BY EMMA CONNOLLY AND KIERAN O’MAHONY
SURGERIES at Bantry General Hospital had to be postponed this week due to staff shortages caused by the ongoing Omicron surge.
Carole Croke, manager of Bantry General Hospital, said that ‘unfortunately, similar to all our colleagues across the country, the service has been impacted.’
On Tuesday, the hospital had a total of 21 staff in self-isolation or restricting movements due to Covid-19.
‘In the main we are continuing to provide unscheduled care via the hospital’s medical assessment unit and most scheduled care we hope can continue to run this week,’ said Ms Croke. But she said the hospital had to cancel elective day case surgery on Wednesday last, January 5th, affecting seven patients in total. All the surgeries will be rescheduled over the coming weeks, she added.
The increasing number of Covid-19 positive patients admitted to CUH, along with staffing challenges, is also putting significant pressure on services there, the hospital said in a statement this week, urging people to consult with their GPs first, where possible.
Meanwhile, as schools in the region reopened, they faced extreme challenges due to teachers having to self-isolate, and the already existing shortage of substitute teachers. Alan Foley, principal of St Patrick’s Boys NS in Skibbereen, said reopening was a ‘logistical nightmare’ due to staffing issues.
A day before reopening, he estimated that his staff numbers were down around 10-20%, a figure he expected to rise as the day went on. ‘And because of the existing subbing shortage, I have only been able to secure one student teacher,’ he said.
‘We already had situations on several days in November where we were four or five staff down and had no cover for them and the last thing we want do is to take special educational needs teachers out of their posts,’ he said.
However, Mr Foley said they were still very glad to be able to open their doors, despite an understandable anxiety over Covid cases.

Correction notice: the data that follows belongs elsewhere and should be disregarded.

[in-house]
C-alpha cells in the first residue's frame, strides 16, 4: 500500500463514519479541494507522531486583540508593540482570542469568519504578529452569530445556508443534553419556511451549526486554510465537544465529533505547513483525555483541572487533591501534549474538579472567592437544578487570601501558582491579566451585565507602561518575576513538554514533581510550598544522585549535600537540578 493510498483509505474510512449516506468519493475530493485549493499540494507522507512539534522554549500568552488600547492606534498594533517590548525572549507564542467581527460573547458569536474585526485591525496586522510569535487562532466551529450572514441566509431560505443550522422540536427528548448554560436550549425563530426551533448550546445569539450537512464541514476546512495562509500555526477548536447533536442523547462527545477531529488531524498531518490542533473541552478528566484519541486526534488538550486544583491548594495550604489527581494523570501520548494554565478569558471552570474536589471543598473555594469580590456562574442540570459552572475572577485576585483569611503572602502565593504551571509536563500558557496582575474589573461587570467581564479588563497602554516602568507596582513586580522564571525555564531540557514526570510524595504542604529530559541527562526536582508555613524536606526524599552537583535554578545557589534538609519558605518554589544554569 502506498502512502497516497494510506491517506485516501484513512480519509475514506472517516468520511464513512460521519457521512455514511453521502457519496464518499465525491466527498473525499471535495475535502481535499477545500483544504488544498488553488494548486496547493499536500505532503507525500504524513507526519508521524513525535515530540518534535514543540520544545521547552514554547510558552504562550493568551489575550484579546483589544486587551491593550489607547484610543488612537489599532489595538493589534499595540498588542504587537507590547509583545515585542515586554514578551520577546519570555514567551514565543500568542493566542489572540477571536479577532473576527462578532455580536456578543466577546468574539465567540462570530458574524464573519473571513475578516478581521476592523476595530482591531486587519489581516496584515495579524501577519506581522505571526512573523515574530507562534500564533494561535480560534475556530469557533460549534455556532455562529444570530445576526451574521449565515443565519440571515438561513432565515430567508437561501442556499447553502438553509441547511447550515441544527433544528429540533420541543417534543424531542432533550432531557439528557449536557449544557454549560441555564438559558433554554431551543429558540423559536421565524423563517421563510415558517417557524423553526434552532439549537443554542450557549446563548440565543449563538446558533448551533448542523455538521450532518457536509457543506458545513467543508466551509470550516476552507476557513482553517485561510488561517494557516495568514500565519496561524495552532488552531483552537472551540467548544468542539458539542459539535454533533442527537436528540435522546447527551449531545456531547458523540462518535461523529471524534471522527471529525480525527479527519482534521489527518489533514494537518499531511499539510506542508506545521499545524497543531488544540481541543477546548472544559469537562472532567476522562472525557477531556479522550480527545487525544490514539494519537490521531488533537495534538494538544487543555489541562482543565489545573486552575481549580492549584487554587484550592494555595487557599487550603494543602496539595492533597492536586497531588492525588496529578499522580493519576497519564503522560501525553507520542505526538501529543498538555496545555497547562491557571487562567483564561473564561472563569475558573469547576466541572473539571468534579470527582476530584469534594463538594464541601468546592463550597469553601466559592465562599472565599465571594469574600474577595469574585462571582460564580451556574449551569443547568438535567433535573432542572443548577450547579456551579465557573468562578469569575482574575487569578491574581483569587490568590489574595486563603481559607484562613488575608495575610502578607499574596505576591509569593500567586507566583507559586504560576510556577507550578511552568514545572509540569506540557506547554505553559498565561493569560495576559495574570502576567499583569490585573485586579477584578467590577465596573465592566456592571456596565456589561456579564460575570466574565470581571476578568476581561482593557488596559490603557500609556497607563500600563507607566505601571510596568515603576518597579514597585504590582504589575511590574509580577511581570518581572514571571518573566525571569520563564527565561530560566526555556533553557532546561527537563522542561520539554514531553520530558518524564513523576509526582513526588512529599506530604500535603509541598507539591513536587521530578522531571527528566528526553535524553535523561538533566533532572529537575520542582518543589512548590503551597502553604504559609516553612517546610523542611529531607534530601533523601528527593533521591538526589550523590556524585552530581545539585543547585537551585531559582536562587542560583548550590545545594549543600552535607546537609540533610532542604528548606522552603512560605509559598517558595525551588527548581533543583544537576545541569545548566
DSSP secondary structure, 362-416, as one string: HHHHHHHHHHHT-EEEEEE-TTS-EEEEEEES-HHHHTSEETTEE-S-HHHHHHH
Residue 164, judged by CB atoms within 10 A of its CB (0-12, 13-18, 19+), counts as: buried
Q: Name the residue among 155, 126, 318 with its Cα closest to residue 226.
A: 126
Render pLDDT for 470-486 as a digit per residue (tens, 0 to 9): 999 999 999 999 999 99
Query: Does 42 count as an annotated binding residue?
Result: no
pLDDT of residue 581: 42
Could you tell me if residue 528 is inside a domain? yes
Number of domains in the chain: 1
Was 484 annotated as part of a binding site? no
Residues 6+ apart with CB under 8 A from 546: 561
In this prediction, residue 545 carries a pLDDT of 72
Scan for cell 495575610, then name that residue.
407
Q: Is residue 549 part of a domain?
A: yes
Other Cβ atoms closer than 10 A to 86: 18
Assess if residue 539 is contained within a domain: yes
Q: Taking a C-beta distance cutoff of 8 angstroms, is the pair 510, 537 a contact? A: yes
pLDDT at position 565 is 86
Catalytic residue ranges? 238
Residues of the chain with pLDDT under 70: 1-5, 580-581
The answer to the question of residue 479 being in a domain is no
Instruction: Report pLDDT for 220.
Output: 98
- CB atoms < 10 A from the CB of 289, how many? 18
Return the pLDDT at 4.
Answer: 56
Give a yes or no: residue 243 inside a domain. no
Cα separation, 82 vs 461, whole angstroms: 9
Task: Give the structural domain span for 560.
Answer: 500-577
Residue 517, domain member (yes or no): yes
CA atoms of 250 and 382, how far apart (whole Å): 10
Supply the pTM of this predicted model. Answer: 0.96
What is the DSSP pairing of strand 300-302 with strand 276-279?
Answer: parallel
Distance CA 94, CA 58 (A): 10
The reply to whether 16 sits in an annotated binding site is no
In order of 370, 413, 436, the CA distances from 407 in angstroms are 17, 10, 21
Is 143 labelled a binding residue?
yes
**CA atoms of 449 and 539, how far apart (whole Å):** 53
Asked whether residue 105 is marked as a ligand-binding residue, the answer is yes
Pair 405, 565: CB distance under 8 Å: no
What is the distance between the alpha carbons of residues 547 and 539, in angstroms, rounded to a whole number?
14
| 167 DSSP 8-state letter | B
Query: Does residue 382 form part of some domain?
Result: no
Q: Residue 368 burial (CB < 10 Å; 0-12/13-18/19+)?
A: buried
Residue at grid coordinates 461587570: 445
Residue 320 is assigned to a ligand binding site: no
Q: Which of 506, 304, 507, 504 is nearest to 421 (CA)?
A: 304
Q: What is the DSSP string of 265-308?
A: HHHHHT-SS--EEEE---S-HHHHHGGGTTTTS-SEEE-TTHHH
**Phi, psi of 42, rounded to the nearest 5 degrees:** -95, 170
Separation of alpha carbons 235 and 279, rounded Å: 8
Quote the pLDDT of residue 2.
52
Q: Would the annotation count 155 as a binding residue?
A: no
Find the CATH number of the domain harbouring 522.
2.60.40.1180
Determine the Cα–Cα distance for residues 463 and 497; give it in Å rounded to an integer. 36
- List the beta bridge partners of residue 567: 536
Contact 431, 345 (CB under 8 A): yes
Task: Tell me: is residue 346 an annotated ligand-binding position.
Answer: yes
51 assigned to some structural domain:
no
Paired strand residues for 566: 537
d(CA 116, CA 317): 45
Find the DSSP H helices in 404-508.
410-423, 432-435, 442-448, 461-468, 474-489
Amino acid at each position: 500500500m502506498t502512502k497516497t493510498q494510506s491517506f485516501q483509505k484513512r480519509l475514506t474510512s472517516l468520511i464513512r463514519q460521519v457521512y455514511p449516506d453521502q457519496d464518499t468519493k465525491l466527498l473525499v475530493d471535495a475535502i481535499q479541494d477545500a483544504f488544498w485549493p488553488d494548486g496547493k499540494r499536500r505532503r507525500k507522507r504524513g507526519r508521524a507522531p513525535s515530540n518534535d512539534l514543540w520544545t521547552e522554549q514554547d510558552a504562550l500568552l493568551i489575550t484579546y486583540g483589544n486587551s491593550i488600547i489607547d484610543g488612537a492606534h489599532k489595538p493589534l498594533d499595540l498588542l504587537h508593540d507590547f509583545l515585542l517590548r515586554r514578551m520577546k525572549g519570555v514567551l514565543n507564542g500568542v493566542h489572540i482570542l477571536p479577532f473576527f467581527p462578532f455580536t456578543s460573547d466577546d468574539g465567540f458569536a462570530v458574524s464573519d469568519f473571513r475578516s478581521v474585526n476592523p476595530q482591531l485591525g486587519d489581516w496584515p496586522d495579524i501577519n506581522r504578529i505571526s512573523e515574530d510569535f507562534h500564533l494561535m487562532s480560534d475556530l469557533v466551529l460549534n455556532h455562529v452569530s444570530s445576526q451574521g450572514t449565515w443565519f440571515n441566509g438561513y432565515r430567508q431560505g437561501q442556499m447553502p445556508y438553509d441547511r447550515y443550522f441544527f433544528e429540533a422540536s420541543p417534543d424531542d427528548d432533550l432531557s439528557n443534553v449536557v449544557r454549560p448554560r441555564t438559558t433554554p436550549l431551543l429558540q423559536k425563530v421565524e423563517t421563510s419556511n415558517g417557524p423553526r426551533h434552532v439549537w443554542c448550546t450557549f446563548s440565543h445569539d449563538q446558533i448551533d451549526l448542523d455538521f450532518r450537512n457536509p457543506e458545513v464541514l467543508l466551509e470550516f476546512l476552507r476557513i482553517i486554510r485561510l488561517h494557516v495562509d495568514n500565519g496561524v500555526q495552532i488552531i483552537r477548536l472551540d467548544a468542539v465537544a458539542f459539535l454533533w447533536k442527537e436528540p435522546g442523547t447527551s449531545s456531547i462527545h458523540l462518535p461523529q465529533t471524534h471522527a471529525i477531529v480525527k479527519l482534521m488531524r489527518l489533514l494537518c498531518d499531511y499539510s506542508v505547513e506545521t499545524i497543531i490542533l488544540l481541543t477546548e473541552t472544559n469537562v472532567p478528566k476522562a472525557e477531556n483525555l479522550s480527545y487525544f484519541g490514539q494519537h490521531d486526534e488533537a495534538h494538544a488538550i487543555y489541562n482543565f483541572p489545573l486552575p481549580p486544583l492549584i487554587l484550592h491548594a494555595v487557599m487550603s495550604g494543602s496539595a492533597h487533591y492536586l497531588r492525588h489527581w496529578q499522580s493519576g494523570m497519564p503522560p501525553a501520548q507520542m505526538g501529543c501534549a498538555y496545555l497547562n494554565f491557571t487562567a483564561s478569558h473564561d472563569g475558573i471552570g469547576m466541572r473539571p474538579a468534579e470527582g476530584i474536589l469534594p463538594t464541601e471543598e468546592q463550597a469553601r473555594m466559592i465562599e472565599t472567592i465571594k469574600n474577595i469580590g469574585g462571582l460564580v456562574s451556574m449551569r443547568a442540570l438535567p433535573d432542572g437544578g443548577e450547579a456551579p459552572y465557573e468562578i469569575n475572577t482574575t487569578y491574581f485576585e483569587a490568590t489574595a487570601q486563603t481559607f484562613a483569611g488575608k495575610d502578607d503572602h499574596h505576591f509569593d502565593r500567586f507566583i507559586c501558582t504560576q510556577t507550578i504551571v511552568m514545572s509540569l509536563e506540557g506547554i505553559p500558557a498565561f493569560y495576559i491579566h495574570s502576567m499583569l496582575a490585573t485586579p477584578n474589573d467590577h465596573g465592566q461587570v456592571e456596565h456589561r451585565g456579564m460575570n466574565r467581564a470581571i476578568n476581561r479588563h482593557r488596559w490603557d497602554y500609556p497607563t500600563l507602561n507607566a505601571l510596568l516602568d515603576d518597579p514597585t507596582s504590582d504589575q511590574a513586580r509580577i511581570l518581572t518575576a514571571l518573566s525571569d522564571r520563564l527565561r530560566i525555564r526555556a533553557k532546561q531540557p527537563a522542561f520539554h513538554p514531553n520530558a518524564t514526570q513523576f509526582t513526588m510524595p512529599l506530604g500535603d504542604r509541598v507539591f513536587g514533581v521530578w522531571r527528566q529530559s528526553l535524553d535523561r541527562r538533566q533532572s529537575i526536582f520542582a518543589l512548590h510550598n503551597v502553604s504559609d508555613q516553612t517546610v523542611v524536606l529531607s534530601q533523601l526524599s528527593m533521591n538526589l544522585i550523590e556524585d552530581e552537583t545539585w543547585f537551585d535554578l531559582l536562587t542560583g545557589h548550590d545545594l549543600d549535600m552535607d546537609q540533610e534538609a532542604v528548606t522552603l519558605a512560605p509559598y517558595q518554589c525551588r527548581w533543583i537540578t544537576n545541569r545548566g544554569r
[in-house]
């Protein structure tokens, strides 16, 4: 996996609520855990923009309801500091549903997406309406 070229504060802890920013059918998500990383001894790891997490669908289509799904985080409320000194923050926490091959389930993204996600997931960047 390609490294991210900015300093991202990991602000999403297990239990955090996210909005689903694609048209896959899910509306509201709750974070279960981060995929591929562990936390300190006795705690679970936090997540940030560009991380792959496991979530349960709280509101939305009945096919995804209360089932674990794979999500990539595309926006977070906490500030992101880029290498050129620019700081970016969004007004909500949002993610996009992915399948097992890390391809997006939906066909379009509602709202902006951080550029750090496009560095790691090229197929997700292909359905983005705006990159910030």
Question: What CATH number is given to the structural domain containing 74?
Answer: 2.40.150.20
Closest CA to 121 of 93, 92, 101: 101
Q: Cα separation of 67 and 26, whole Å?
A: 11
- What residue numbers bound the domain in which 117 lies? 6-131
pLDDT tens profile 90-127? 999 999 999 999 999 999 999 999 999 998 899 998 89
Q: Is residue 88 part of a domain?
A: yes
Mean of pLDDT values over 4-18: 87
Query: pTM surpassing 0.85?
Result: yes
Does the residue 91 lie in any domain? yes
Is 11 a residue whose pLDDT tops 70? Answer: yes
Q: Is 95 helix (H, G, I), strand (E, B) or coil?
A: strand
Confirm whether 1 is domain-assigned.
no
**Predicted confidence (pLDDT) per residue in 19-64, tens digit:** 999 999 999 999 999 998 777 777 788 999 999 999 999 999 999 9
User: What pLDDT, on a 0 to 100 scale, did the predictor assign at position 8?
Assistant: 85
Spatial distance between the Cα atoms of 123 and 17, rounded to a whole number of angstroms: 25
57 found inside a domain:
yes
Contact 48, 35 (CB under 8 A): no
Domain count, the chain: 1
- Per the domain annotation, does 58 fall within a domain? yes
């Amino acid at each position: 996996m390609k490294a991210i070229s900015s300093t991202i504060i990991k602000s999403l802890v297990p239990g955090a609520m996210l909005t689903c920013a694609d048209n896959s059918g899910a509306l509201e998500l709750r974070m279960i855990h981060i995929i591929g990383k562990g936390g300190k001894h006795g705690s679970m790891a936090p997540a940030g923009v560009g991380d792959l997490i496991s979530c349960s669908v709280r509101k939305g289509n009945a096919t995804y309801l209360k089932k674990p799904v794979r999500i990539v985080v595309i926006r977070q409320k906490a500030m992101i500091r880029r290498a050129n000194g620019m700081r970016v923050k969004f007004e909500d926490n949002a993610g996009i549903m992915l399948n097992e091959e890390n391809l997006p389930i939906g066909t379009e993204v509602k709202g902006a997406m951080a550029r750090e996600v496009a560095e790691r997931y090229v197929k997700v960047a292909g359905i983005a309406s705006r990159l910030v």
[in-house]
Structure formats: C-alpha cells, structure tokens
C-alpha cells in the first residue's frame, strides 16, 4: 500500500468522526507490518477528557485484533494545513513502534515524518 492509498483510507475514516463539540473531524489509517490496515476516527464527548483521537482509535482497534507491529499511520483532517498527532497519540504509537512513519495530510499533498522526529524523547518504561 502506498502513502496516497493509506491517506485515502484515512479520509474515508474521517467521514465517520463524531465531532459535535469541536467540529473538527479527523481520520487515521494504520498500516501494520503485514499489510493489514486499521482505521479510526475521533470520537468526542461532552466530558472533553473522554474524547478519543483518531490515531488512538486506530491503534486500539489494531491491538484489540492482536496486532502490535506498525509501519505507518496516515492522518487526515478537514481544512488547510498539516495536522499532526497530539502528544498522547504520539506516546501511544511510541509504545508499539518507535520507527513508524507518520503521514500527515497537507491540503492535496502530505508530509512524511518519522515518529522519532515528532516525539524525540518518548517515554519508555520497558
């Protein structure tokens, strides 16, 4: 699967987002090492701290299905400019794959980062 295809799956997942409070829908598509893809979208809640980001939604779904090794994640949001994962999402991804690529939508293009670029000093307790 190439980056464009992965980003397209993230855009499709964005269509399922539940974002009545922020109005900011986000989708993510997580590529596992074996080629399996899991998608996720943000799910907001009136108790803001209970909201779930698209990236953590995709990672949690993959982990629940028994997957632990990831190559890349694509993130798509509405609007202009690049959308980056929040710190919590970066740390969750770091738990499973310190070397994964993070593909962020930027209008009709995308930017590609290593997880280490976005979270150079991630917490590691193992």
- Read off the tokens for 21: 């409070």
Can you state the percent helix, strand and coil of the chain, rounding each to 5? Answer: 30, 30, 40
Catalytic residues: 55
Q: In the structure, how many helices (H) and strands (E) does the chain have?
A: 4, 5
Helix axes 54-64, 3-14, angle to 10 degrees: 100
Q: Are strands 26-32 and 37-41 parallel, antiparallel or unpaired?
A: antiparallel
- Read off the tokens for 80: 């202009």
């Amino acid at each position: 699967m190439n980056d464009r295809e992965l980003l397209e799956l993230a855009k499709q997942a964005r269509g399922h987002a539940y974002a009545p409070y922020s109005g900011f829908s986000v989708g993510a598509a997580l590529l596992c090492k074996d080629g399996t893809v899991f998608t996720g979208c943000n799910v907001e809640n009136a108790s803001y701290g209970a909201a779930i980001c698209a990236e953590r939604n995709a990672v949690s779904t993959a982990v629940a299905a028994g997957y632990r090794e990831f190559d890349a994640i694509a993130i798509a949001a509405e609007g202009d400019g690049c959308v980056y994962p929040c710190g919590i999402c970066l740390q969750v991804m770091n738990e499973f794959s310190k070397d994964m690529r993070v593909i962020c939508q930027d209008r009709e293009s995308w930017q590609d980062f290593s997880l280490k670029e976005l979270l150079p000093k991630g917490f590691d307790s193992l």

He said they didn’t want a return to online learning like last year, and over the Christmas holidays the school bought a hepa filter for each of their 12 classrooms, in addition to their co2 monitors.
Principal of Union Hall national school Brendan McCarthy said they were facing similar challenges. He has tested positive himself for Covid in recent days, but said he was fortunate to have secured a sub to cover fourth and fifth classes, which he teaches.
‘If I lose another teacher, I won’t be so lucky,’ he said.
Staffing on local businesses is also being majorly impacted by Covid this week, with many forced to close completely or reduce their hours due to lack of staff. The hospitality sector has been worst hit with major restaurant The Church in Skibbereen posting on their social media: ‘Due to a number of staff members having close contacts with family and friends and a few members of staff receiving positive Covid results in the past few days we have taken the difficult decision to close the restaurant for a period of time.’
The Brick Oven in Bantry posted January 3rd they were closed and would update customers when they know more. It was a similar case in many restaurants and pubs throughout the region.
With the postal service admitting it had been severely impacted nationwide, Blarney’s post office was also forced to close on Tuesday.